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Caperton v. A. T. Massey Coal Company (U.S. Sup. Ct.)
On January 5, 2009, Constitutional Accountability Center (CAC) filed a Supreme Court brief in Caperton v. Massey, a case raising the question of whether the 14th Amendment’s Due Process Clause requires an elected state judge to recuse himself when a litigant appearing before him has made substantial contributions to the judge’s election campaign.
CAC's brief in Caperton explained that our Constitution’s text and history require that in every state, throughout America, we have a fair system of justice. The Court on June 8, 2009 echoed that conclusion, explaining that its ruling was commanded by “the text and purpose of the law and the Constitution.” The decision is a victory for CAC and judicial ethics.
The case before the Supreme Court arose out of massive campaign contributions made by Don Blankenship, chairman, CEO, and president of A.T. Massey Coal Co., in support of now-Justice Brent Benjamin’s campaign for a seat on the West Virginia Supreme Court of Appeals. Blankenship spent $3 million – more than 60% of the total amount spent in support of Justice Benjamin’s successful candidacy. At the time of Benjamin’s election, Massey was preparing an appeal of a $50 million fraud verdict against the company to Benjamin’s court. After winning a seat on that court, Benjamin refused to recuse himself from Massey’s appeal, instead casting the tie-breaking vote in Massey’s favor.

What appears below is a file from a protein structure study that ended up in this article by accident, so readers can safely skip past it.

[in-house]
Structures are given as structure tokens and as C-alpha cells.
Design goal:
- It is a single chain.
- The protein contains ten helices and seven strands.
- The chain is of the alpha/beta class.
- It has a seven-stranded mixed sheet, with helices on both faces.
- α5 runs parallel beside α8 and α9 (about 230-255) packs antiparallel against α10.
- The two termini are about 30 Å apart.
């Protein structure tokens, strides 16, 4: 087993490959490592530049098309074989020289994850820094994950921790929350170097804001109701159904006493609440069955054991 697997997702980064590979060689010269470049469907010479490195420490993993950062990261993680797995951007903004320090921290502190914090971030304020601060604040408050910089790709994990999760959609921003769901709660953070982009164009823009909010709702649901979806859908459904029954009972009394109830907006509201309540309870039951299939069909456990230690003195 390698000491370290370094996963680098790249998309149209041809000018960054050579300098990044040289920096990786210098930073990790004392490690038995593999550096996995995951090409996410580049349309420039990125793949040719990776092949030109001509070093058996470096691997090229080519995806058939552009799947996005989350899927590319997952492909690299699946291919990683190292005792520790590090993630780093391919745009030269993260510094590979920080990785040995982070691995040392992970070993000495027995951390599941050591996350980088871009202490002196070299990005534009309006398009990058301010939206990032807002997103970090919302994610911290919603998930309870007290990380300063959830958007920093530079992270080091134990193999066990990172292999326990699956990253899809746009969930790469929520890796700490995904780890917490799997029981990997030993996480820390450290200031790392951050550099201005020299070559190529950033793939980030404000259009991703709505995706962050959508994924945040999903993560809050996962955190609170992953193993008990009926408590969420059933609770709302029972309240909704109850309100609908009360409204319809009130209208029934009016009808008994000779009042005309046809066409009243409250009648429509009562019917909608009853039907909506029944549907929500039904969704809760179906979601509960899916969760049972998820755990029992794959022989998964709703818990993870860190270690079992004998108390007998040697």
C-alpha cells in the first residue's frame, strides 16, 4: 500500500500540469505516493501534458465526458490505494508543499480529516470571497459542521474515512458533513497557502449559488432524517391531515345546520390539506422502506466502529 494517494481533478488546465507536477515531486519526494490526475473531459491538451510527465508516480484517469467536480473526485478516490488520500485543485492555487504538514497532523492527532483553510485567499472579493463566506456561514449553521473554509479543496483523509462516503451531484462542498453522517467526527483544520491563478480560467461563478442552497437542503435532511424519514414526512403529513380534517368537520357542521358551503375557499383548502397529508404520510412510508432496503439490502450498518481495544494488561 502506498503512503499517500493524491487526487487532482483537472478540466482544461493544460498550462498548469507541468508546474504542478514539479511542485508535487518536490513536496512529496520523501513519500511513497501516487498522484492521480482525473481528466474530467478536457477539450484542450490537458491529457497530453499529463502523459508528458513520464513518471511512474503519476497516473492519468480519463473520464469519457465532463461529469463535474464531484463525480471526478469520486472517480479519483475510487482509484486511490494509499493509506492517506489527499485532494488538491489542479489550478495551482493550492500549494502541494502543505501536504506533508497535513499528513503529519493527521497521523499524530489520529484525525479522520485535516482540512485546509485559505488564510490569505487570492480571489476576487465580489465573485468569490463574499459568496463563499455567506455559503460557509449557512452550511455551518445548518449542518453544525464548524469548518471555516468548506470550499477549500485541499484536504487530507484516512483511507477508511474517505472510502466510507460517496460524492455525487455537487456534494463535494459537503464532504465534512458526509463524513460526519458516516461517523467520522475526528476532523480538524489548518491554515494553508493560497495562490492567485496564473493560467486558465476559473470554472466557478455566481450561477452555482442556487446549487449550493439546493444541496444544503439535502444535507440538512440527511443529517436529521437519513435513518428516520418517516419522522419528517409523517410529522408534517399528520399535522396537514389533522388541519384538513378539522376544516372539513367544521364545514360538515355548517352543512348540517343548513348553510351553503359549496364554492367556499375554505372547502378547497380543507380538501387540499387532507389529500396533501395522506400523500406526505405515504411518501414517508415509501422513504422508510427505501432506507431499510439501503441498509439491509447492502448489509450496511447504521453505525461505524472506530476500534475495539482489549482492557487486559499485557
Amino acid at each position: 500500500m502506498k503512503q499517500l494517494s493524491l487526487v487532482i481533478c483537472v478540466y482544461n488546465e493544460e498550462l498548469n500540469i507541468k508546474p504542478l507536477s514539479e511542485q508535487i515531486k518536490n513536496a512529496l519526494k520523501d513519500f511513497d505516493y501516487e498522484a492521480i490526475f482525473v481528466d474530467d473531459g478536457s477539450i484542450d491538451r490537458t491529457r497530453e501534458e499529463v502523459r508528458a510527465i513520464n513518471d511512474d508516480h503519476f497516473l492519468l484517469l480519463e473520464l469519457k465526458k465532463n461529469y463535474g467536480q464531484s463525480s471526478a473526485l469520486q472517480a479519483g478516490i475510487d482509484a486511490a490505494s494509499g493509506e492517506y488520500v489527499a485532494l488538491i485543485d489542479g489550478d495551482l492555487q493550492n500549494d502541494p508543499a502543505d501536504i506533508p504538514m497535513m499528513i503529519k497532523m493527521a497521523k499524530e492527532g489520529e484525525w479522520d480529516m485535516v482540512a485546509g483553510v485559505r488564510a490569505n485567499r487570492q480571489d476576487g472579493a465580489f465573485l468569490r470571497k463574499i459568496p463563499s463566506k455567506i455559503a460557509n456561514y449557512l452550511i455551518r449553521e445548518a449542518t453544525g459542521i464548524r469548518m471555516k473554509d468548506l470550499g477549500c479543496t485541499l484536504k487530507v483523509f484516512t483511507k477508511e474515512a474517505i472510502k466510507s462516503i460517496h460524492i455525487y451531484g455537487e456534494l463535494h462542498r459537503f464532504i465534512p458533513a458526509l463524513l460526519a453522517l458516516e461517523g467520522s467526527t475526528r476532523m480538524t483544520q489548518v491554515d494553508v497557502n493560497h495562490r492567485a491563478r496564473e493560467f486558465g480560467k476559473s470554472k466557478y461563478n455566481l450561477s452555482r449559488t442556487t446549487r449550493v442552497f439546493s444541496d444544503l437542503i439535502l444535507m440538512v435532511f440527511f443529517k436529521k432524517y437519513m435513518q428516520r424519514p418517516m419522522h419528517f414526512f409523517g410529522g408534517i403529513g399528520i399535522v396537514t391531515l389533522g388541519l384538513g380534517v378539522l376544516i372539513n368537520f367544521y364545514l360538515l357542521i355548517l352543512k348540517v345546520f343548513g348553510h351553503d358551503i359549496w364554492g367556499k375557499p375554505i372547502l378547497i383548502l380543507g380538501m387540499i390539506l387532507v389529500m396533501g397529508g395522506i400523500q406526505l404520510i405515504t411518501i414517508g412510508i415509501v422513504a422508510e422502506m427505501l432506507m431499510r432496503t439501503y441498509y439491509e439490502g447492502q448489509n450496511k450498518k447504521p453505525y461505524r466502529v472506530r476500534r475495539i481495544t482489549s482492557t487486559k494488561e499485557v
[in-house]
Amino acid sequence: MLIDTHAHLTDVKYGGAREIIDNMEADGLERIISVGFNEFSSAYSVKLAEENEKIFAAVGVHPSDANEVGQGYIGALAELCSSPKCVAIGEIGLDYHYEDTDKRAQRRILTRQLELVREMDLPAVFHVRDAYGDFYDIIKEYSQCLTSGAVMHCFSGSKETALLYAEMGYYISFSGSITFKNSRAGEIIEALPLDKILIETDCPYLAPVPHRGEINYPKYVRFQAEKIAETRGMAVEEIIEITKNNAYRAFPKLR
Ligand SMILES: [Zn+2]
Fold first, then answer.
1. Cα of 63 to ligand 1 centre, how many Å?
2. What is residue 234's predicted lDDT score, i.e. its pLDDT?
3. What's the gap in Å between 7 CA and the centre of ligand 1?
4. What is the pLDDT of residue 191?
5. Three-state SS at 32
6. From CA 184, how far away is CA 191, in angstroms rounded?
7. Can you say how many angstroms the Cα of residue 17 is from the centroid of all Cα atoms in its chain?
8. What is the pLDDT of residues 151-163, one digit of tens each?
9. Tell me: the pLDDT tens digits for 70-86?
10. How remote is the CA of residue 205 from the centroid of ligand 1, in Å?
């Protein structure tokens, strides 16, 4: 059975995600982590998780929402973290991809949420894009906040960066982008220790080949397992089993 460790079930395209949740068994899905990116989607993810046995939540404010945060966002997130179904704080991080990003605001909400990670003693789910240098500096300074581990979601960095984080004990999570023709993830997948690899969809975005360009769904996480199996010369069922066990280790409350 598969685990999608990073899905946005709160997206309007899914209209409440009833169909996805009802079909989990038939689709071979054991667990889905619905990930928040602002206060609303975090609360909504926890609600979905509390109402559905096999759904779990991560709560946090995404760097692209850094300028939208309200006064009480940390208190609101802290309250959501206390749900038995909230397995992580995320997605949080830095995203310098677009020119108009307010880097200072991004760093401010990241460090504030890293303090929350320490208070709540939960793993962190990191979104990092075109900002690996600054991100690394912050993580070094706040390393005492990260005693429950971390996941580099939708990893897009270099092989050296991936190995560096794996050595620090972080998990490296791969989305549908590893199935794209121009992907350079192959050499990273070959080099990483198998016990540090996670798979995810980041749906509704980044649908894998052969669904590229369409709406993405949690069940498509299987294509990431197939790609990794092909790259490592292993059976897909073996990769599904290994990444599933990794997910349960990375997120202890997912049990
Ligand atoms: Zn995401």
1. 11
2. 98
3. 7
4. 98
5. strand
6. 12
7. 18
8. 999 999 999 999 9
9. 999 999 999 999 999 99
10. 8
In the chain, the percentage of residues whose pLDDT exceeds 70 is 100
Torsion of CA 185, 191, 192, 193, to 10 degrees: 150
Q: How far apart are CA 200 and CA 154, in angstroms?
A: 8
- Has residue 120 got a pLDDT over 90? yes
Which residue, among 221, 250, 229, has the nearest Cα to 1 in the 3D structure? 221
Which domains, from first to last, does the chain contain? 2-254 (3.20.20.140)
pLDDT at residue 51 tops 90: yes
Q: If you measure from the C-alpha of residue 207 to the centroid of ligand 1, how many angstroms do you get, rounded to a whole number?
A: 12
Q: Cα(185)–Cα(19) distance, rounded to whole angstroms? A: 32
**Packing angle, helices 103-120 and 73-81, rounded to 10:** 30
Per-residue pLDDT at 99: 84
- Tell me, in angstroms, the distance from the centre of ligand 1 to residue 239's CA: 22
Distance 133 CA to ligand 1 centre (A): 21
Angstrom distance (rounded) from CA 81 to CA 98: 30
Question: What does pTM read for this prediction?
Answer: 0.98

CAC’s brief, on behalf of clients including Justice at Stake, Appleseed, Common Cause and the American Judicature Society, argued that Benjamin’s failure to recuse himself violates due process and discusses the importance of judicial independence to the framers of the 14th Amendment, who were particularly concerned with securing equal justice for all and ensuring that judges ruled based on the merits of a case rather than on personal bias or financial interest. CAC’s brief also explained how the Court’s Due Process ruling will influence ongoing efforts in the states to reform the process of judicial selection to further define the circumstances triggering campaign-related recusal and avoid threats to judicial integrity and impartiality in the first place.
On March 3 2009, the Supreme Court heard oral argument in Caperton v. Massey.
On November 12, 2009, the West Virginia Supreme Court returned what may possibly be its final decision in the case. Read our coverage of the decision on Text and History.